Ugo Monye has played 16 international matches and is now working as a TV and radio expert after retiring from the game in 2015
Former English wing Ugo Monye says Premiership Rugby “doesn’t care enough” about racism in sport.
In August 2020, the league helped launch the rugby against racism initiative and gave time “to honor equality” before the games.
But seven months later, Monye told BBC Sport that the Premiership’s actions were “just lip service” and “nothing more than PR”.
“If they cared about it, they would do something,” he added.
A Premiership Rugby spokesperson said: “Premiership Rugby is committed to making rugby a more diverse, welcoming and inclusive environment for our employees, players and fans in the UK professional club, while supporting social change.”
In September 2020, the Marland Yarde sales wing said it was racially abused by a viewer during a Premiership game earlier in the season.
Monye said that while Premiership Rugby has stressed the importance of enhancing diversity in the sport and making sure all players feel safe and secure, “no logs of racist incidents have been drawn up”.
He continued: “Premiership Rugby CEO Darren Childs said on TV back in August the importance of improving representation in rugby.
“They promised to put in place a policy against racial abuse during the Games and to circulate it to all Premiership teams, coaches and players.
“Marland Yarde was racially abused in a game in late February 2020. He didn’t know what to do about it.
“Since then, Premiership Rugby has only put two pages together. That could have been done in five minutes.”
“Effectively, if you are being racially abused, tell a referee about it.
“This document was sent to Marland Yarde – a player from across the Premiership.”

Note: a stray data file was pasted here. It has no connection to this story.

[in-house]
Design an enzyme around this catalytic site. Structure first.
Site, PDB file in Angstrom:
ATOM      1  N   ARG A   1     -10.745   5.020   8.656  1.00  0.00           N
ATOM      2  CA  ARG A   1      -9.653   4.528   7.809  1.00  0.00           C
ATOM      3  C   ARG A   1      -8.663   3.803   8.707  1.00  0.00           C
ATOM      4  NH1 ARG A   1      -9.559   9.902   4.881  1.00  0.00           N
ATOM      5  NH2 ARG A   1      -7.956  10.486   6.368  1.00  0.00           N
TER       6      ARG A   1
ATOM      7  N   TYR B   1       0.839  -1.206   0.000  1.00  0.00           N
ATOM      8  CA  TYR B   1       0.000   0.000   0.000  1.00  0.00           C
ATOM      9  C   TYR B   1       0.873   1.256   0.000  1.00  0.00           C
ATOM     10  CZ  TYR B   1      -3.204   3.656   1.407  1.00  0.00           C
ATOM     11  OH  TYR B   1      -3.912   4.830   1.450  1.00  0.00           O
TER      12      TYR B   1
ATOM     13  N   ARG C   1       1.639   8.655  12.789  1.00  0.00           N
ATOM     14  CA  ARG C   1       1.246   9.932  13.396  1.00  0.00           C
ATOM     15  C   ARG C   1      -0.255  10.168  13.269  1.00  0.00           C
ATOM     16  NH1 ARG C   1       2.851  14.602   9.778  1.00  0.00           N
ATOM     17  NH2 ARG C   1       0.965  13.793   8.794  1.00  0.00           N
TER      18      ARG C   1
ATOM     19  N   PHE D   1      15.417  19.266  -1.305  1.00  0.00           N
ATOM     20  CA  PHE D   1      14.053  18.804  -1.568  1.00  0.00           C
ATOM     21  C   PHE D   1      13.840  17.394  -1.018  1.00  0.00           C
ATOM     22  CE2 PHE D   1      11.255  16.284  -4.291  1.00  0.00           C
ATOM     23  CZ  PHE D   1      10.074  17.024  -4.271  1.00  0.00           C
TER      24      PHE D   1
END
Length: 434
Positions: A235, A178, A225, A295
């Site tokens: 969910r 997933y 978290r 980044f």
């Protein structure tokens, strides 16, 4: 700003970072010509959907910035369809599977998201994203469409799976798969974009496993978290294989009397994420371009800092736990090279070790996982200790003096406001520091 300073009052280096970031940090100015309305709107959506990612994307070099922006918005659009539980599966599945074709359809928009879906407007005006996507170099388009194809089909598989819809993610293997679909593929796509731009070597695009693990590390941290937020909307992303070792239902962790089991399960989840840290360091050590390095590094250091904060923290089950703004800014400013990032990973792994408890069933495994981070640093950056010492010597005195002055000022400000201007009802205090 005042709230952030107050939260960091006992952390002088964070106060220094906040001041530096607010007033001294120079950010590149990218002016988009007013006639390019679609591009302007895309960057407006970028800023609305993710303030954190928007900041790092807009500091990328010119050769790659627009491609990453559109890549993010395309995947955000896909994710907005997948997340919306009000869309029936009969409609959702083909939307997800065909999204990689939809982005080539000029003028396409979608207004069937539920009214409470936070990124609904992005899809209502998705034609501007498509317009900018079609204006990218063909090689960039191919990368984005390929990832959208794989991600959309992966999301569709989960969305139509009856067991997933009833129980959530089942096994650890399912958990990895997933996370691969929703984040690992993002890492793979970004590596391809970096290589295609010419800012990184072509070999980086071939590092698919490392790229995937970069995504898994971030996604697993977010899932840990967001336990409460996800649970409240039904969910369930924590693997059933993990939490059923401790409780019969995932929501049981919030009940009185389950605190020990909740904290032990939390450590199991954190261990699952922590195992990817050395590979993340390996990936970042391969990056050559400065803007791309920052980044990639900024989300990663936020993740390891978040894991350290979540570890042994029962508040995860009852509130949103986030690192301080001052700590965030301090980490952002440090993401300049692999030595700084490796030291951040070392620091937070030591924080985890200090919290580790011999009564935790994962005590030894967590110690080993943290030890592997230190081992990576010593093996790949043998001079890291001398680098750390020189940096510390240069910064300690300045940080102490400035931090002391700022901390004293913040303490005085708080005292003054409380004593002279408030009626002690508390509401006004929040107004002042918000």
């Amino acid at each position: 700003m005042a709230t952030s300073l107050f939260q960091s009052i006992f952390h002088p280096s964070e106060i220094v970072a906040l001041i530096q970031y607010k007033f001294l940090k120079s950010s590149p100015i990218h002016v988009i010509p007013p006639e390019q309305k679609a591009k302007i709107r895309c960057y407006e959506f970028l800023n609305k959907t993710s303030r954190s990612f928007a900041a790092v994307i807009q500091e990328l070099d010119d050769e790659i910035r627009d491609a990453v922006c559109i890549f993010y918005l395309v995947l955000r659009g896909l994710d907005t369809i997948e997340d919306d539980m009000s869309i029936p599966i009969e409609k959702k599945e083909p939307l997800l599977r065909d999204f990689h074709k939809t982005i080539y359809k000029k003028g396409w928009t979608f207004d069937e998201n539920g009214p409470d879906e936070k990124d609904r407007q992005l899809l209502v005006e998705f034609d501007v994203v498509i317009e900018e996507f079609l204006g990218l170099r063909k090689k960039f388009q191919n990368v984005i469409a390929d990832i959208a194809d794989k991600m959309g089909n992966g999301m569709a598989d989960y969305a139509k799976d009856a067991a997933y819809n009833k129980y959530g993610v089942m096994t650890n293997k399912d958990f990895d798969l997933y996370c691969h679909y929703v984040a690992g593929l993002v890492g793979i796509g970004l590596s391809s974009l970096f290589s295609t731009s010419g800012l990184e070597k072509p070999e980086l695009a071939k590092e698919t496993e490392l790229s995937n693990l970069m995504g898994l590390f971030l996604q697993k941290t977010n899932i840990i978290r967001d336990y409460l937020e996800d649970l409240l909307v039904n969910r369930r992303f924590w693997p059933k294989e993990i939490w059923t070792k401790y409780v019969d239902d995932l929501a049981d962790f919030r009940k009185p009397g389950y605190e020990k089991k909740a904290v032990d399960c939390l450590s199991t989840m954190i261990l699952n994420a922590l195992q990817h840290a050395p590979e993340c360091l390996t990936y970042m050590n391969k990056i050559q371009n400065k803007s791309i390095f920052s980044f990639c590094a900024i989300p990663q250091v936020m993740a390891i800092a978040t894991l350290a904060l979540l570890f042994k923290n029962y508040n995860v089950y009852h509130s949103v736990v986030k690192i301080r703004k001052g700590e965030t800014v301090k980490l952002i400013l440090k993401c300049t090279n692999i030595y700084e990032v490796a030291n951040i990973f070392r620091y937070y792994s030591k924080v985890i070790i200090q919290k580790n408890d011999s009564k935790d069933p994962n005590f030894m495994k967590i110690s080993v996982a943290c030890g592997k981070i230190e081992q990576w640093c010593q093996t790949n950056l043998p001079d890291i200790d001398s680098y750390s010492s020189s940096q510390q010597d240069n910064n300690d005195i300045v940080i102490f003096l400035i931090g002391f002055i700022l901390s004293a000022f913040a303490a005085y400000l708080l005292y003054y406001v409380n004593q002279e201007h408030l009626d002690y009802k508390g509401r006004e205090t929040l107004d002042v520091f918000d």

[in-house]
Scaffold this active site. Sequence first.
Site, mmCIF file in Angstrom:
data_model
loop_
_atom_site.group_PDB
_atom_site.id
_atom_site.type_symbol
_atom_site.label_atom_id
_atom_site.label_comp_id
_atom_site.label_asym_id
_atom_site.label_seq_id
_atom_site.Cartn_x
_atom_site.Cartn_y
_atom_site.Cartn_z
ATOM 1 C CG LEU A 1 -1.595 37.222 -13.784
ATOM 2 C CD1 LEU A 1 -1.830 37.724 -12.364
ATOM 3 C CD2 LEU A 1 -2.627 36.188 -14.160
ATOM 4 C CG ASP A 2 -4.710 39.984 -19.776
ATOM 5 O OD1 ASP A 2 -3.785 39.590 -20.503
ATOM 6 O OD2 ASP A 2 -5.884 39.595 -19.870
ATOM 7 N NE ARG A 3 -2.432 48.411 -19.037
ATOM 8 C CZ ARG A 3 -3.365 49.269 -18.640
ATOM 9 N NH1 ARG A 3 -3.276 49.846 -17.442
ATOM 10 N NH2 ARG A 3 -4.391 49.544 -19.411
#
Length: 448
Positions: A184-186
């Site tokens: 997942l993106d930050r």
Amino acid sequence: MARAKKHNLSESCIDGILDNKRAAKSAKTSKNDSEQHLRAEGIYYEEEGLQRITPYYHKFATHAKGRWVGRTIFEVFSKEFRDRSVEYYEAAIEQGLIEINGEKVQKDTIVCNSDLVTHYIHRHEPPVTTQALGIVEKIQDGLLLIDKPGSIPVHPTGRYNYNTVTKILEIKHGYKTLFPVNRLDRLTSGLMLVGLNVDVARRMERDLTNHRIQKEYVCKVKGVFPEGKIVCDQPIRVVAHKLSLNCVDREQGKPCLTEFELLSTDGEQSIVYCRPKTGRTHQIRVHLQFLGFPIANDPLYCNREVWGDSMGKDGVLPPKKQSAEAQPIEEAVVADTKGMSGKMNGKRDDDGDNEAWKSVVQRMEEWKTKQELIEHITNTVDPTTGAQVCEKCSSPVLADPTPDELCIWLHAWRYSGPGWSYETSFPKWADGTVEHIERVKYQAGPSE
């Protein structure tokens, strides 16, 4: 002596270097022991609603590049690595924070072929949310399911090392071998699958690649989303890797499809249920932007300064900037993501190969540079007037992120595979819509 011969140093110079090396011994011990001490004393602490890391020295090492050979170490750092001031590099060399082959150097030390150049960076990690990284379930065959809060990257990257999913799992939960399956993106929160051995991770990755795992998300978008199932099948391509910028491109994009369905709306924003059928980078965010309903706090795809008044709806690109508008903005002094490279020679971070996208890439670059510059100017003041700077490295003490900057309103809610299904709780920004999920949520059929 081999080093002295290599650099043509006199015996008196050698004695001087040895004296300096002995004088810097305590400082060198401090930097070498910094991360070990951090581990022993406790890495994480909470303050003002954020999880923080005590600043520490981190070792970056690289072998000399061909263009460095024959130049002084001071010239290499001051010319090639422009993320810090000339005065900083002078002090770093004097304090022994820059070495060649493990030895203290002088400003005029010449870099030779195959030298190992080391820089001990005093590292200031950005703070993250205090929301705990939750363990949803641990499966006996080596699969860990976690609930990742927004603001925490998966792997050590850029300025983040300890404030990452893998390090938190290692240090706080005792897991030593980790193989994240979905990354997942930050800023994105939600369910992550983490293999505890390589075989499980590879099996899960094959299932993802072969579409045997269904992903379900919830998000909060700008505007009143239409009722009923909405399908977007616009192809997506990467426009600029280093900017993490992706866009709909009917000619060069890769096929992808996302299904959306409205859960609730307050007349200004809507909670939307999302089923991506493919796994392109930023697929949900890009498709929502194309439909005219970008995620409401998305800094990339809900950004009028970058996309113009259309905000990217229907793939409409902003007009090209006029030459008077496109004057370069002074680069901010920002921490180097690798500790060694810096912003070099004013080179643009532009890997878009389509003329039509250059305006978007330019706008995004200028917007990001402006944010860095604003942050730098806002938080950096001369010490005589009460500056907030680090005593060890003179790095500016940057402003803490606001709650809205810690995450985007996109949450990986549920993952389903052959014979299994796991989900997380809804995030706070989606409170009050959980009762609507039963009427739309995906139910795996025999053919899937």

Premiership Rugby said players may “raise concerns” at their clubs, adding “many will have their own policies or processes”.
“For a player, his team manager can be a good point of contact as he speaks to him regularly about various topics,” continued a spokesman for Premiership Rugby.
“Most importantly, anyone in rugby can contact the rugby football union to raise concerns and the RFU will always investigate.”
“I would expect more to have happened”
The teams in the six nations observed a minute’s silence before the games
Monye, who spent his club career with Harlequins, praised the work of the RFU and the Rugby Players’ Association for Diversity and Inclusion as “great”.
All teams in the six nations observe a minute’s silence before the games.
The 37-year-old expressed frustration with players ‘coverage of the players’ decision to kneel or stand in silence before matches.
“I respect players who take the knee and those who don’t,” he said.
“Seven months after rugby first put together an anti-racism campaign, I would expect more to have happened.
“Why should players advocate a debate on social media if it isn’t really something?”
“The reason we wanted to acknowledge was to start a debate that would lead to action.
“Certain stakeholders in the game have chosen not to do anything and I think that’s because they don’t care enough.”
Premiership Rugby said it made five commitments when it launched Rugby Against Racism in August.
- Work to improve the representation of BAME players among coaches and referees
- Assisting BAME players in participating in board-level organizations
- Improving access to sport for young people with a BAME background through an initiative called Project Rugby
- Review of recruiting practices
- Working with BAME players to make sure all professional players feel safe and secure
Premiership Rugby said it was “delighted to see the rugby project continue,” adding, “Work has been done to meet the other four commitments and we look forward to receiving input from rugby’s new Diversity and Inclusion Board Players’ Association to get next steps for each of them. “
“Words are empty if nothing changes”
Monye said he was “tired” of talking about racism, adding, “I don’t want to have another talk about it unless it actually leads to significant change.”
The former British and Irish Lions supported the silence of the minute before the international games, but stressed that such statements of support must be followed by action.
“A minute’s silence is one thing, it’s a moment for reflection,” he said. “If we take a moment to think and do nothing, what is it about?
“I don’t mind what mission statements are, I care about the measures you take to fulfill them. Words are empty if none of them is mentioned.
“I hope it’s not just fans who take a moment to think about it. I hope people in positions of power take a moment to think about whether they’re doing enough.
“I hope the Premiership will respond not only with words but also with action.”